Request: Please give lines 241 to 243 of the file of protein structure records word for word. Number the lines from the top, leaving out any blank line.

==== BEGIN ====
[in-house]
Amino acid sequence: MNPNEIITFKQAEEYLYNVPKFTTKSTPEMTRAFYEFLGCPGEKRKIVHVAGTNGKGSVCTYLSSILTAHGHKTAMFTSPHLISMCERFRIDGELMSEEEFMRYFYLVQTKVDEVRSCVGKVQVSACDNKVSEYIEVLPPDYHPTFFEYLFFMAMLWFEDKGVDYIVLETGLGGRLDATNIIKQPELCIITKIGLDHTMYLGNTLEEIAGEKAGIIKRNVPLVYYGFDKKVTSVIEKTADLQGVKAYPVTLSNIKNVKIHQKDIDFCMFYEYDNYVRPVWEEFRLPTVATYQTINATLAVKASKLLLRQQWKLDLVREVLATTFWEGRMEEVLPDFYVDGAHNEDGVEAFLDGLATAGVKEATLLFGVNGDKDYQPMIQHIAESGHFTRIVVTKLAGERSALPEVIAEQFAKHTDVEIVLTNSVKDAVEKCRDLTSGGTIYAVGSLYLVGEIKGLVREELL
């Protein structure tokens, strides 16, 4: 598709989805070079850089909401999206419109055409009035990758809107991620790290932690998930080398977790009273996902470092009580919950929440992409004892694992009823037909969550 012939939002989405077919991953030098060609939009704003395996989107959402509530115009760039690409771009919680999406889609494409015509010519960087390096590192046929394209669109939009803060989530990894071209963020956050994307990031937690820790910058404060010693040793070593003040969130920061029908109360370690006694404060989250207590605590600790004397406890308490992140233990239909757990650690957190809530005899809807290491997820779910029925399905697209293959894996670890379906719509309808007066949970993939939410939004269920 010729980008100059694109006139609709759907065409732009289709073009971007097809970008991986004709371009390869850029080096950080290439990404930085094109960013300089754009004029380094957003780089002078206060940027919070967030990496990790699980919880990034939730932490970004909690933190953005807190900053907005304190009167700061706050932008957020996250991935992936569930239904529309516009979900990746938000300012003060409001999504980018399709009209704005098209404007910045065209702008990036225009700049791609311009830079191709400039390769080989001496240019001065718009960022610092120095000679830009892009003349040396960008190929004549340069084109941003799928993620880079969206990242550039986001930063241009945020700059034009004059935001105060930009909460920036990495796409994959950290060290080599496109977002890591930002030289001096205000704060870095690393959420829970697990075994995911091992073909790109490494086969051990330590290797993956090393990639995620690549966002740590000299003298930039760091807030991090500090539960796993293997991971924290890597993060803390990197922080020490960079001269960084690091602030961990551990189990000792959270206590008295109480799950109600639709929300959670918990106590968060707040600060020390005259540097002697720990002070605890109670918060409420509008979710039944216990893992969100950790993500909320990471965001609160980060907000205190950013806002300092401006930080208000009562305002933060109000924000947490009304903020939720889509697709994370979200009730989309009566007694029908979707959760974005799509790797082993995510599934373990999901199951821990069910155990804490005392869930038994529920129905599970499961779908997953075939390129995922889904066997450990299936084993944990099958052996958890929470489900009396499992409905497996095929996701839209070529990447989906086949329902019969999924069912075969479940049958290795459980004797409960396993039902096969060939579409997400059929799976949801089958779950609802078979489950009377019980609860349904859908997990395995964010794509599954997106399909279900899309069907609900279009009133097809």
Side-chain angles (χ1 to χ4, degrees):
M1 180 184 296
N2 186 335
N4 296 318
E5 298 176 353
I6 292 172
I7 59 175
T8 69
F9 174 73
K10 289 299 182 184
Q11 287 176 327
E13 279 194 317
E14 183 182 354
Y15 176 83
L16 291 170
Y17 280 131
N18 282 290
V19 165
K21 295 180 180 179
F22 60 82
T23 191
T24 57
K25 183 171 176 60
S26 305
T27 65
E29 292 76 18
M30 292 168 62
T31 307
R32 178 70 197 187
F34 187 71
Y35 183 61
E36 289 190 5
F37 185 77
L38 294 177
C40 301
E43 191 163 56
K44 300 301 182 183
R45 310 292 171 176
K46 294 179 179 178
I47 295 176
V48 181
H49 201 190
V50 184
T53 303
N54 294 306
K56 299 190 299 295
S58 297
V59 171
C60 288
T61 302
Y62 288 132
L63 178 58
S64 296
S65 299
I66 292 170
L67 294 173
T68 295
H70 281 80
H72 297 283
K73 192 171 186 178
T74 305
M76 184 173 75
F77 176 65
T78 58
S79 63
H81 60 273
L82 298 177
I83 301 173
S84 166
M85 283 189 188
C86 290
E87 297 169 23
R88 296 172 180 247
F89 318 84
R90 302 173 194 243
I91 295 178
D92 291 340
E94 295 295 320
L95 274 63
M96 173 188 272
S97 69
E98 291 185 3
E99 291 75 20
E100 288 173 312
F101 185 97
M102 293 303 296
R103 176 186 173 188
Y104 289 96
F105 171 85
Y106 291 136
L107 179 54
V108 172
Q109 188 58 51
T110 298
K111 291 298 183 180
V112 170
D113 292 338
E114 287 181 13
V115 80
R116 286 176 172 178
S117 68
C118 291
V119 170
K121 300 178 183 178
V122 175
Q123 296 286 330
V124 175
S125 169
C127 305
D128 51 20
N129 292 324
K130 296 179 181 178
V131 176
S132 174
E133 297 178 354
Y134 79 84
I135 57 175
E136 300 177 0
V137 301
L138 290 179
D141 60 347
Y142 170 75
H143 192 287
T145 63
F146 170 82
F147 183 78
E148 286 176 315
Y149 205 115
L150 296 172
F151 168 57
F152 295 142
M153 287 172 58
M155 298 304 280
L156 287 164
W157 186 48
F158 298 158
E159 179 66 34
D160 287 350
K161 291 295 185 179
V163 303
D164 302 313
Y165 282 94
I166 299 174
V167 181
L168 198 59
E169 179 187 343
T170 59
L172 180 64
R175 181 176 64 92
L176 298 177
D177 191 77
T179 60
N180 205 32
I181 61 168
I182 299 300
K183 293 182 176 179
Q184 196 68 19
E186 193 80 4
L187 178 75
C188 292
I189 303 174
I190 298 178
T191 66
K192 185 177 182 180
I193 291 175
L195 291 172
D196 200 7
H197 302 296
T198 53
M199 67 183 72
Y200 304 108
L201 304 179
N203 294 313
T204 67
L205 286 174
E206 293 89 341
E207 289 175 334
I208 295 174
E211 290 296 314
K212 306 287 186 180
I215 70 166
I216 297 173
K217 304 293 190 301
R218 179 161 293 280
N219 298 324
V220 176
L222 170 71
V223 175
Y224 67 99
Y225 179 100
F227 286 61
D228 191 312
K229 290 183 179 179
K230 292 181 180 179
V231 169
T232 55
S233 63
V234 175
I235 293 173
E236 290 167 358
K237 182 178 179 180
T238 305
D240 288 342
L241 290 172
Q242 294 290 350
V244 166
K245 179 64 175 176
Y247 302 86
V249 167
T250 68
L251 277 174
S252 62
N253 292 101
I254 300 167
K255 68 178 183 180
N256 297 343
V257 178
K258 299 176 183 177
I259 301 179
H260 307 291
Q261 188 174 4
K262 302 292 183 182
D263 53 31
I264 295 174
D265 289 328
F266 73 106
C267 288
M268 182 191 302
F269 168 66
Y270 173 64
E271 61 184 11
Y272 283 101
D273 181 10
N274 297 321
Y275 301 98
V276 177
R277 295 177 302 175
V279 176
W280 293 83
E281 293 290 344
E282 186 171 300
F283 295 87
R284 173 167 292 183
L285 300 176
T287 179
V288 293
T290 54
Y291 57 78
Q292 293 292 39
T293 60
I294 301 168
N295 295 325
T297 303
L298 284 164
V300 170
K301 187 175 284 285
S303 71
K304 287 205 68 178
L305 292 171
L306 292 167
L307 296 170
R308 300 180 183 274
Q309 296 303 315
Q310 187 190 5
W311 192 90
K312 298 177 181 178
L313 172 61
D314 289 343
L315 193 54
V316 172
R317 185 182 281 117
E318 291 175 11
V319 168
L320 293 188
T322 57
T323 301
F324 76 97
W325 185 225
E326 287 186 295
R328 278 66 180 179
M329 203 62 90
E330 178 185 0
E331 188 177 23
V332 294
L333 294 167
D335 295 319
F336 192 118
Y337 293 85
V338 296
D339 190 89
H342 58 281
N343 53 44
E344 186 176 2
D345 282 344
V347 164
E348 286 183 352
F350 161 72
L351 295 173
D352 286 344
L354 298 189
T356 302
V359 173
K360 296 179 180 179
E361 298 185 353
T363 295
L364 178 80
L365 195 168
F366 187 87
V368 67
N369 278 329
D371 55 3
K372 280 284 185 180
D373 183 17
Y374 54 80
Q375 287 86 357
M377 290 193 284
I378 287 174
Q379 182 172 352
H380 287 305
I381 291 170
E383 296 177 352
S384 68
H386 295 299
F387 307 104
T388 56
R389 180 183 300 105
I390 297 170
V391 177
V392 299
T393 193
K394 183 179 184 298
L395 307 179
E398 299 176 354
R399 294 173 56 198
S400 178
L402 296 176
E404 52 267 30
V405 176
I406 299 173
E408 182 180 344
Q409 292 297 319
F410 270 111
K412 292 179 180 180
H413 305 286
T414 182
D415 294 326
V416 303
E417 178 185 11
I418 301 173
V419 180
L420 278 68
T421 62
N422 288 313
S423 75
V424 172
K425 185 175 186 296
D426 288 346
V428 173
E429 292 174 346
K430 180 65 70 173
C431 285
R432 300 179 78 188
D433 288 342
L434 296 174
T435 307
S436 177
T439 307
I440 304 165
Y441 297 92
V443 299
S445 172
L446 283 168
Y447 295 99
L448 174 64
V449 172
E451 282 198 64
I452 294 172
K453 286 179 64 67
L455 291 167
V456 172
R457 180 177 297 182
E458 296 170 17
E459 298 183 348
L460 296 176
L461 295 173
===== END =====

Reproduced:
V279 176
W280 293 83
E281 293 290 344